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The Brilliance of Peri the Greek

Periandros Damoulis showcases his 3-D Signage



Periandros Damoulis, proprietor of Damoulis Signs and, began his career in 1979 as a 15-year-old apprentice to Argiris Hasilidis, the local signmaker in his hometown of Lecheo Corinthias, Greece. In Hasilidis’ shop, he learned about brushes, paints and the intricacies of handpainted signage.

Until roughly the end of the 20th Century, window and vehicle graphics comprised most of his work.
However, he thought the sign market in his home country would evolve and create greater demand for 3-D, carved signage. In the ’80’s, he also reportedly became one of the first Greek signmakers to purchase a computer to facilitate sign design.

Periandros learned to ply his trade with HDU signage shaped on a CNC router. U.S.-made HDU is prohibitively expensive because of tariffs and duties leveled in Greece against goods shipped from outside the European Union, so he opts for Duna’s 15-lb. HDU, which is manufactured in Italy. His equipment has changed little since we first interviewed Periandros; he still operates a Gerber Sabre 408 and enVision 375 CNC routers, a Mimaki CG130-EX cutting plotter to create his masks, and a Summa DC3 thermal-transfer printer.

However, almost everything else about his shop’s operation has changed. In 2006, he moved his business to Nafplio, a seaside resort city approximately 50 miles from his hometown. As the country suffered the consequences of decades of unsustainable government spending, the country shifted into austerity mode, and work for vendors of such discretionary items as new signs withered. He had to let most of his staff go, and its operations contracted to a smaller, family-run business.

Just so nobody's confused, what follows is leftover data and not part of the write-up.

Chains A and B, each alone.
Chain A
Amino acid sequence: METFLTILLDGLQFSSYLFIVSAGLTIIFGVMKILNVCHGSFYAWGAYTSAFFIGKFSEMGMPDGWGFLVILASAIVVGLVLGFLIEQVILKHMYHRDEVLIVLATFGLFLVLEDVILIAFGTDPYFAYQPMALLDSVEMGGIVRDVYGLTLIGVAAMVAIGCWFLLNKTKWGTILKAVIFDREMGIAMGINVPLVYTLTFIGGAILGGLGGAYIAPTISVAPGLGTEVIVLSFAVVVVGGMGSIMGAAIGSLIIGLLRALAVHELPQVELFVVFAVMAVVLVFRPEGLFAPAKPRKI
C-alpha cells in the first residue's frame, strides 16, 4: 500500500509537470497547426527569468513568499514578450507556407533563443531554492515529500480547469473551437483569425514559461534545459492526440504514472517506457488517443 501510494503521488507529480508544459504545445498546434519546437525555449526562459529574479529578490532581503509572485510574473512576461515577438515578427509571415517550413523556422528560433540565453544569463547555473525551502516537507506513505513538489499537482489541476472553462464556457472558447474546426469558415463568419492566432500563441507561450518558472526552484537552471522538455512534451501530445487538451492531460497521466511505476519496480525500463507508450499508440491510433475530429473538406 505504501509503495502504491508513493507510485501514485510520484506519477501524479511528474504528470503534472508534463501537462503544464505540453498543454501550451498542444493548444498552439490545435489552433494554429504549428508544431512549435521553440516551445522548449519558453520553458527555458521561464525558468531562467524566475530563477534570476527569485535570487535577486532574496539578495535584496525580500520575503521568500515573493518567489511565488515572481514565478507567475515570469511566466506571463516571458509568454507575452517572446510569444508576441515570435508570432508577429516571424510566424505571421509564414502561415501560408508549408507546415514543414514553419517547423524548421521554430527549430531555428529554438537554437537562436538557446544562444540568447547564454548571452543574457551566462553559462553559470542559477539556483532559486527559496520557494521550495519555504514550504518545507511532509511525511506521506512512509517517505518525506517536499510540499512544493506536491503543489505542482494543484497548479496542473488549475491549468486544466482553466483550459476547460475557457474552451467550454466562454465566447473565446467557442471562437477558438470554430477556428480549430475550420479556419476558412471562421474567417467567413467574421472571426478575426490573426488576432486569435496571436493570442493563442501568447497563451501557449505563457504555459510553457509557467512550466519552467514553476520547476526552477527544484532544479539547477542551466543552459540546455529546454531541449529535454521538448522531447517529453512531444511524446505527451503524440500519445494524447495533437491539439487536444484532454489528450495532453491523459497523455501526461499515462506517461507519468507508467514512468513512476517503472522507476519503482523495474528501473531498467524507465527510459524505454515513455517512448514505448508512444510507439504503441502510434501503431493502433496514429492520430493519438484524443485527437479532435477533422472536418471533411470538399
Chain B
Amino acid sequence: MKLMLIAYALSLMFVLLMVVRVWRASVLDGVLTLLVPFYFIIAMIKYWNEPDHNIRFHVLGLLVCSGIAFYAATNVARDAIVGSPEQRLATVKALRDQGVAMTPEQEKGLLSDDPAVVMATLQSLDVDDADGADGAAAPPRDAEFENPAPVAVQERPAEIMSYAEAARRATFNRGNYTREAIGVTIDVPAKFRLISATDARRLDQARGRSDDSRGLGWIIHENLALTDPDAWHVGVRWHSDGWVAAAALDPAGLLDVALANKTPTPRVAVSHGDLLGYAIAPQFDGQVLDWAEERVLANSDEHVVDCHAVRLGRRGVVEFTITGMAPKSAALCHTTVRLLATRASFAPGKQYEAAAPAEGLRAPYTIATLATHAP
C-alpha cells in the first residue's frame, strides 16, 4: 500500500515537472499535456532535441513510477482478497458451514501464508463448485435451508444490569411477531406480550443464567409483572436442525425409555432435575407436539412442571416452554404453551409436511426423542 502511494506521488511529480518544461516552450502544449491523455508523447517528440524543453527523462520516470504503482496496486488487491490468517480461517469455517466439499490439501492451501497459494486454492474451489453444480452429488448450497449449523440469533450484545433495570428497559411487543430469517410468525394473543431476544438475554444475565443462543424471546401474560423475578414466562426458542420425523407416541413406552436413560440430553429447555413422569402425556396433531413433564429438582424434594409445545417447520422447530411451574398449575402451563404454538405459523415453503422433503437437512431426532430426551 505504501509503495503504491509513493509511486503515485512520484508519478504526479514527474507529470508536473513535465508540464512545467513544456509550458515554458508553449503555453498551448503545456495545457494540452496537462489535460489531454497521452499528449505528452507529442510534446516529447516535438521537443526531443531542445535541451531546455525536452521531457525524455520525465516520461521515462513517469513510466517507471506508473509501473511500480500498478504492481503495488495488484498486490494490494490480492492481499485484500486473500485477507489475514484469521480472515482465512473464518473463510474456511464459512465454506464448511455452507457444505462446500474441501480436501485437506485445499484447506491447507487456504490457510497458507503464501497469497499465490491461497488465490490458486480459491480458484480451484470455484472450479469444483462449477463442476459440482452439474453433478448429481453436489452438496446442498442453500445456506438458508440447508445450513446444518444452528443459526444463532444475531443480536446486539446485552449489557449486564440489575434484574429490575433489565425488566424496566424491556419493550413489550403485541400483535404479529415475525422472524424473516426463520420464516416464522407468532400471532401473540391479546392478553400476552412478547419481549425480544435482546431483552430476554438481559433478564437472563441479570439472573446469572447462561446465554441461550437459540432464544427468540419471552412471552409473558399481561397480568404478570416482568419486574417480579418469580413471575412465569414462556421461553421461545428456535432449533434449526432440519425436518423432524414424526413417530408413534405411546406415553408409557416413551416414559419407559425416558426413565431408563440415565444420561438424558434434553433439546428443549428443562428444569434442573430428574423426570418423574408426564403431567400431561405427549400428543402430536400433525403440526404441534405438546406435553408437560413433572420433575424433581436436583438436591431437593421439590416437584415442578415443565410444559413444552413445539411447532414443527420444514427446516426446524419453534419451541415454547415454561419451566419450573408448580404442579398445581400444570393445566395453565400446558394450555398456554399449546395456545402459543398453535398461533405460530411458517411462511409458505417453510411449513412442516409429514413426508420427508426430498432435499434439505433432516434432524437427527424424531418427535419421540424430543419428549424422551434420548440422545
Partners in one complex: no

Focusing on the positive, Periandros said, “We produce fewer jobs now than we did a few years ago, but, with less work, there’s now a greater focus on quality. And, through our reputation, we’ve been able to gain several new clients and slowly build our business back.”

Periandros still begins all of his work with hand renderings, then digitizes them with Gerber Omega and the Adobe Creative Suite. To develop a dimensional template, he transfers his new file into Vectric’s (a British software manufacturer) Aspire 3-D-design program.


Despite Greece’s harsh summer climate, he still decorates his signs with water-based paints. Because ICI and Muralo’s coatings provide a wide array of colors with pop, Periandros prefers them. To protect them from UV exposure and the Argolic Gulf’s salty air, he applies heavy-duty, clear varnish. When gilding, he prefers 23.75k, Italian leaf. To enhance its sheen, he uses LeFranc Charbonnel slow size.

The challenging Greek economy has compelled Periandros to diversify. Thus, he launched the website, where he offers 3-D, wooden carvings that depict religious icons and religiously themed works of art. Through his website, a Facebook page and a virtual storefront developed through, an e-commerce site, he markets these artifacts throughout Europe and North America.

“Current economic conditions, both in our country and abroad, require tremendous sales efforts,” Periandros said. “There are many factors beyond our control; all we can do is be responsible with how we spend our money, work hard and continue to focus on how to market our products. And hope that conditions improve not just in Greece, but worldwide.



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